3/27/2007 01:06:00 AM  
Blogger RWE said...

Ladies and Gentlemen: Think about this a bit and you will agree with me.

If any other appliance in my house had the same reliability as an PC with an Internet connection I would dropkick it into the street and laugh maniacally as the cars smashed it to flinders.

We have a LONG way to go to bring this technology to the point where it has as least as good reliability as a badly designed flush toilet - to say nothing of ease of use.

3/27/2007 07:20:00 AM  
Blogger NooYawkah said...

If I read correctly, there's a good number of people who aren't going to subscribe to an internet service simply because they can use the 'net for free at work. That's not exactly avoiding the internet.

For the rest, new user interface technology, like this may help some who are techno-phobic to change their mind.

3/27/2007 07:34:00 AM  
Blogger Elmondohummus said...

RWE's got a point. I work in support, and I personally see on a daily basis just how many ways this technology can break or confuse people.

We don't realize that in this "modern" time that we're actually in the Model T days of computing and networking. Computers and connectivity technology has so much further to go before it has the simple reliability of the average toaster.

3/27/2007 08:13:00 AM  
Blogger Yashmak said...

My suspicion is that a large portion of the 'no plans to access the net in the next 12 months' crowd are elderly.

I recall trying to explain computers, and the internet, to my grandmother when she was 93. The look on her face suggested that she thought I was making black magic incantations. And she was in no way and unintelligent person. Many elderly lead very sheltered lives, not even watching much (if any) television. It's no surprise then that they're not only computer illiterate, they have no idea why they would want to become computer literate! After all, they've gotten along fine without computers their whole lives already!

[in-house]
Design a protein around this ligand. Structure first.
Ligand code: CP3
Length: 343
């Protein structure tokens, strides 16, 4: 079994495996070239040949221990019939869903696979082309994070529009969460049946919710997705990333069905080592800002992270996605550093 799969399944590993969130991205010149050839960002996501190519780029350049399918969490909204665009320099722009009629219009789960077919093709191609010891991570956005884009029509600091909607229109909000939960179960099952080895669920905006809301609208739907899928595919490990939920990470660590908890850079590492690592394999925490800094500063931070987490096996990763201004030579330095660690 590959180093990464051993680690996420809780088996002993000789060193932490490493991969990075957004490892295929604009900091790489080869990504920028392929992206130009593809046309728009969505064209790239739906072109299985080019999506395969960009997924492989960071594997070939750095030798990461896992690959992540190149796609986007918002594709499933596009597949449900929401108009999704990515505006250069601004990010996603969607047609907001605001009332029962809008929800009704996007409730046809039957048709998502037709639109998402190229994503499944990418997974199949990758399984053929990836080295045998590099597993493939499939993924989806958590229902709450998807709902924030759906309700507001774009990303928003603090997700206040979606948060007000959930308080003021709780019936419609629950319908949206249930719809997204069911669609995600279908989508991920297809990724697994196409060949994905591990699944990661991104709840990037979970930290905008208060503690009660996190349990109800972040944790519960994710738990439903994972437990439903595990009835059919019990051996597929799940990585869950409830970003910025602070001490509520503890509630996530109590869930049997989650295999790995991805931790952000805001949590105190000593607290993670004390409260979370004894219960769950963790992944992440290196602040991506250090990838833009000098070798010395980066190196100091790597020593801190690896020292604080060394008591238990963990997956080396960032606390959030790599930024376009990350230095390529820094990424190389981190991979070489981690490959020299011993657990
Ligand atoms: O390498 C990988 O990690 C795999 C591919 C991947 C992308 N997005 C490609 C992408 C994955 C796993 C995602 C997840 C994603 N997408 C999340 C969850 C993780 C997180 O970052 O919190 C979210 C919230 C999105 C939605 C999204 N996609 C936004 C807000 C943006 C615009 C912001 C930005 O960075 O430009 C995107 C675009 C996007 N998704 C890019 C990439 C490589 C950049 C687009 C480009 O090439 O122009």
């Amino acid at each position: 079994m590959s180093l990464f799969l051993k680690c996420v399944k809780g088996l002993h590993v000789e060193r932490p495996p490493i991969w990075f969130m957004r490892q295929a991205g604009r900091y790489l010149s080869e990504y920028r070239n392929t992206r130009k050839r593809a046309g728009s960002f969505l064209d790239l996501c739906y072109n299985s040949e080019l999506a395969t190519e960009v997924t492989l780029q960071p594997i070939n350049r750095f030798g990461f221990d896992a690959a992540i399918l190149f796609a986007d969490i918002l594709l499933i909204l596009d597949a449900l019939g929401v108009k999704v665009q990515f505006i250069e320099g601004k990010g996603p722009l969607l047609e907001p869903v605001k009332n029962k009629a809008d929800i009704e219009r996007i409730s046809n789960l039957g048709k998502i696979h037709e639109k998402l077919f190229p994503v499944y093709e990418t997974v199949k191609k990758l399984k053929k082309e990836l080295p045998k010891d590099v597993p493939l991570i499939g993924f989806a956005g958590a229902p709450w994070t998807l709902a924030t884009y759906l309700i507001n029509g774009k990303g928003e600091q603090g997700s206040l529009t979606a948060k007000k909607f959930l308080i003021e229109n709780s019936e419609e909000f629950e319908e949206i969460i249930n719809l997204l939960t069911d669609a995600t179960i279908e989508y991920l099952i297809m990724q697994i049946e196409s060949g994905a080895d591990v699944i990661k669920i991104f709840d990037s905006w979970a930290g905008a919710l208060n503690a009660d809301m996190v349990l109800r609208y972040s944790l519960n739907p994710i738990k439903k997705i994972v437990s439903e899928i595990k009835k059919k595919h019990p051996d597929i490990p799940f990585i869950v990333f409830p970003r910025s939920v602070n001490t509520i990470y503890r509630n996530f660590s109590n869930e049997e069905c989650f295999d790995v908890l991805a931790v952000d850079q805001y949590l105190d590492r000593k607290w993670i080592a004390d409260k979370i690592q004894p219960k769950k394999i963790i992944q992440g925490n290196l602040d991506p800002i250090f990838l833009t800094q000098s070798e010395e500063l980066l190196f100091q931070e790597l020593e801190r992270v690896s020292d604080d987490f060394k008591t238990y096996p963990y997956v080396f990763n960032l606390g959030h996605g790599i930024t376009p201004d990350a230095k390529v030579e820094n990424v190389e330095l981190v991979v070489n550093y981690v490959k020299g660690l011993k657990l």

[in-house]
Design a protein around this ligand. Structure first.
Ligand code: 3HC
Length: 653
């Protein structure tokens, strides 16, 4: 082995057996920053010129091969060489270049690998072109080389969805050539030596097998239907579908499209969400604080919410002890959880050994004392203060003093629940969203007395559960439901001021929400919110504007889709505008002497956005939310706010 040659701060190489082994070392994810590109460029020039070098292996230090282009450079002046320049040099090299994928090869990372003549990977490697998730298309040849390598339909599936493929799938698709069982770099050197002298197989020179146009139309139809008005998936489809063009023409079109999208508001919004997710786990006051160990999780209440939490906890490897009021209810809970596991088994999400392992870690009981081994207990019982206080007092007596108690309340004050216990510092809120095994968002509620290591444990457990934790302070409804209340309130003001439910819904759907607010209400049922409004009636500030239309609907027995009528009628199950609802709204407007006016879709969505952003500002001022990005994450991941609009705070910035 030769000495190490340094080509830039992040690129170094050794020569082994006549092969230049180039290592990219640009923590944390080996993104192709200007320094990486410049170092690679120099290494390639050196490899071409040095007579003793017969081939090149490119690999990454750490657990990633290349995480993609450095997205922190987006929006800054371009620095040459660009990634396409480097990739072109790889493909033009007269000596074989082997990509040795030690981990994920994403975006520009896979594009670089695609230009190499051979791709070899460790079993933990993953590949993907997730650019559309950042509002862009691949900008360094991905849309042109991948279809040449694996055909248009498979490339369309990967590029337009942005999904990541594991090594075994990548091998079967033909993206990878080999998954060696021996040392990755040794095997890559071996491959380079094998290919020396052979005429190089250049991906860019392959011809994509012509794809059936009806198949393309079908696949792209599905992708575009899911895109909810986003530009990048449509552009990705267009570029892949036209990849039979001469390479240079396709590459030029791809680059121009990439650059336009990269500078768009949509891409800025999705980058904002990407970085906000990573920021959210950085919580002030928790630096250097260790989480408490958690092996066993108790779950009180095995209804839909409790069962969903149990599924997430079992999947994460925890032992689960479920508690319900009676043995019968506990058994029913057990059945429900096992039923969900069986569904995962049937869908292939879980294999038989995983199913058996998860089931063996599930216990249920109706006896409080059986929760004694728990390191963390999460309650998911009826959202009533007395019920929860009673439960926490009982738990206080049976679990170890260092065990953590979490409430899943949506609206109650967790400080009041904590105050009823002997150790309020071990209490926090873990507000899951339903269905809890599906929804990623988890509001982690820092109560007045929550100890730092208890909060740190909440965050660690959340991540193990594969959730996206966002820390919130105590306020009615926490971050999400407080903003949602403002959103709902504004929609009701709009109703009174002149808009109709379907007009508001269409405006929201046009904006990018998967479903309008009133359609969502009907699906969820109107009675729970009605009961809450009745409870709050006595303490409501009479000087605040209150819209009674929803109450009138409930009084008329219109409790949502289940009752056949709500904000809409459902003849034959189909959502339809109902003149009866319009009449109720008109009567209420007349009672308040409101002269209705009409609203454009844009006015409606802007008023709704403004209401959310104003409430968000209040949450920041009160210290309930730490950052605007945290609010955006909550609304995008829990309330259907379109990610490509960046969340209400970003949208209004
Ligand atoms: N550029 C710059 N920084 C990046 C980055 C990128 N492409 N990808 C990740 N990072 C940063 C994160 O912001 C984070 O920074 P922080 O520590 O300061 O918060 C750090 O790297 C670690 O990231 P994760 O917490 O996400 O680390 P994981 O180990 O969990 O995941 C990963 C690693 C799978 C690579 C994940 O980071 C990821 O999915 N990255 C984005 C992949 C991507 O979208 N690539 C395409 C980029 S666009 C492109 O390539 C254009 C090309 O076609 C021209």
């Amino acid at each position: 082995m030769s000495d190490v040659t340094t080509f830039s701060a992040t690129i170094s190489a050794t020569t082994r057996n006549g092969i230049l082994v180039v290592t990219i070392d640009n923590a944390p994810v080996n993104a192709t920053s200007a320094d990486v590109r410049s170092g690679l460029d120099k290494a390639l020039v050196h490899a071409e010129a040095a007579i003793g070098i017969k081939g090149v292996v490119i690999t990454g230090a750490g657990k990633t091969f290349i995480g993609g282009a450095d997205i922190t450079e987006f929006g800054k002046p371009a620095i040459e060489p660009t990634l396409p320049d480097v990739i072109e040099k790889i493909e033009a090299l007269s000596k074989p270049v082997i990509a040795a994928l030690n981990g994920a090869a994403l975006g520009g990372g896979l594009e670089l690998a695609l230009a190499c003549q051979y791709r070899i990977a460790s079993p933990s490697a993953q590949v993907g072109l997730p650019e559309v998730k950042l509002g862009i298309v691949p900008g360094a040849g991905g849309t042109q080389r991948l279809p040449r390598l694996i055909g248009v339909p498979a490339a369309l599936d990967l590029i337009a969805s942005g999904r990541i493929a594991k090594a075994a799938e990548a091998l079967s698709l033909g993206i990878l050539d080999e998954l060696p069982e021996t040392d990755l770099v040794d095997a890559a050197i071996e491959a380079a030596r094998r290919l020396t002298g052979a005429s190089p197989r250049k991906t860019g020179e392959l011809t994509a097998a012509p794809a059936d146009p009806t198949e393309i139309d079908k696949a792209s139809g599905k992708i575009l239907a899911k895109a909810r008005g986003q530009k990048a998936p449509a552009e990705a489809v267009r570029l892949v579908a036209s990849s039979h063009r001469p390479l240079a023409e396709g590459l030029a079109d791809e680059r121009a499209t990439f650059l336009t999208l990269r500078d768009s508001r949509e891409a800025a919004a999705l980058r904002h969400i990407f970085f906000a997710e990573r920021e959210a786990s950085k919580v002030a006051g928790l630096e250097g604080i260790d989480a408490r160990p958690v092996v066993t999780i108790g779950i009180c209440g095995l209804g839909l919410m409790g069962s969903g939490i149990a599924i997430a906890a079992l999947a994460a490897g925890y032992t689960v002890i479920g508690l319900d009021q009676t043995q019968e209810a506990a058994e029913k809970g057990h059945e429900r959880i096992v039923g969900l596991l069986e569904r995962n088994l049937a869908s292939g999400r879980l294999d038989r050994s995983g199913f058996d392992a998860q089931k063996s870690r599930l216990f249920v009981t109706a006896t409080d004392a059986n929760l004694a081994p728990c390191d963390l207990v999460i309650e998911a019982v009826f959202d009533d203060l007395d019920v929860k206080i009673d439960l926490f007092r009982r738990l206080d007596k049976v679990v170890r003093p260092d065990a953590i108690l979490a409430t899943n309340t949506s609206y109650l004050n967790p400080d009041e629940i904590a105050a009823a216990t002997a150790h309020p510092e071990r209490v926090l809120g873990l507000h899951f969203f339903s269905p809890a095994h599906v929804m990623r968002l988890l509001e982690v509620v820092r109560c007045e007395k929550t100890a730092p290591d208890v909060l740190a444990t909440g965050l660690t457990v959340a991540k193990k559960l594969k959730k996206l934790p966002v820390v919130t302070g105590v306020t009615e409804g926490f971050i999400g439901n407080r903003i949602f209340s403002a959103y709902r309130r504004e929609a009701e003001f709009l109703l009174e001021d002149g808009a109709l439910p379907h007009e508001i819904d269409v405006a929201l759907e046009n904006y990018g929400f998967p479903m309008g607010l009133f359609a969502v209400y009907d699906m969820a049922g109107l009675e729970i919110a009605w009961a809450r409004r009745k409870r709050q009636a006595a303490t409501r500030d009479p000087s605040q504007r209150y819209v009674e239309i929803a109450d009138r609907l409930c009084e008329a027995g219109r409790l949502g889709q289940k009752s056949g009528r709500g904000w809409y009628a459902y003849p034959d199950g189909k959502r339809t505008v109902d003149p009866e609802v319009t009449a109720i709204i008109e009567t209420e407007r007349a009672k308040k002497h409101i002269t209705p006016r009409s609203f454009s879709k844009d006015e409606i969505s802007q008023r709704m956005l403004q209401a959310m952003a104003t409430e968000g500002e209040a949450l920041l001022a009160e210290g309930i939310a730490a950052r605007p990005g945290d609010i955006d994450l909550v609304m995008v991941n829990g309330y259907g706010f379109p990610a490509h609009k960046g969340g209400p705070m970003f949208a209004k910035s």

3/27/2007 08:15:00 AM  
Blogger Tarnsman said...

How long before one of the Democratic Presidential contenders declares, "We have a crisis in
America! Millions of Americans have no Internet access. I have a plan!"

3/27/2007 08:51:00 AM  
Blogger Cobb said...

I think the answer is actually very simple. There is nothing on the internet these people want to see. There is no compelling reason for them to interact with it.

Believe it or not there are still people who believe that relationships with people can only begin face to face. But that's not the only aspect, it's really about what people perceive to be real experience.

For the life of me I can't see sitting at say a tennis match next to a friend as sharing a 'real' experience. See?

3/27/2007 10:37:00 AM  
Blogger Peter Grynch said...

I gave up home internet access when I moved to my new house in Chicago last year. The reason is simple: the ubiquity of free wireless broadband. I can access the internet from the library, my local coffee shop, my favorite lunch spot, the local Burger King, etc.

This is a trend that will only increase in the future. Okay, downloading porn is best done at home, but aside from that...

The other trend to watch is online data storage. You can access your data from anywhere on any computer. Google offers free E-mail and a free wordproccesor/spreadsheet. It may be that the whole concept of a desktop "home computer" will be obsolete in five years.

3/27/2007 01:01:00 PM  
Blogger Evanston said...

Like NooYawkah said, a lot of these people get the Internet at work. From the Reuters article:
- "I'm not sure how to use the Internet" = 17 percent of participants who do not subscribe.
- "I do all my e-commerce shopping and YouTube-watching at work" was cited by 14 percent of Internet-access refuseniks.
- Three percent said the Internet doesn't reach their homes.
From my family I know that 1 spouse tends to do more, if not all, Internet browsing at work, so I believe many of these "refuseniks" are also housewives.

3/27/2007 02:30:00 PM  
Blogger Db2m said...

The reason a lot of folks don't do the internet is because they don't have time, what with having to stand in line at the seven eleven to pay their state taxes, er, buy lottery tickets.

3/27/2007 02:31:00 PM  
Blogger dick stanley said...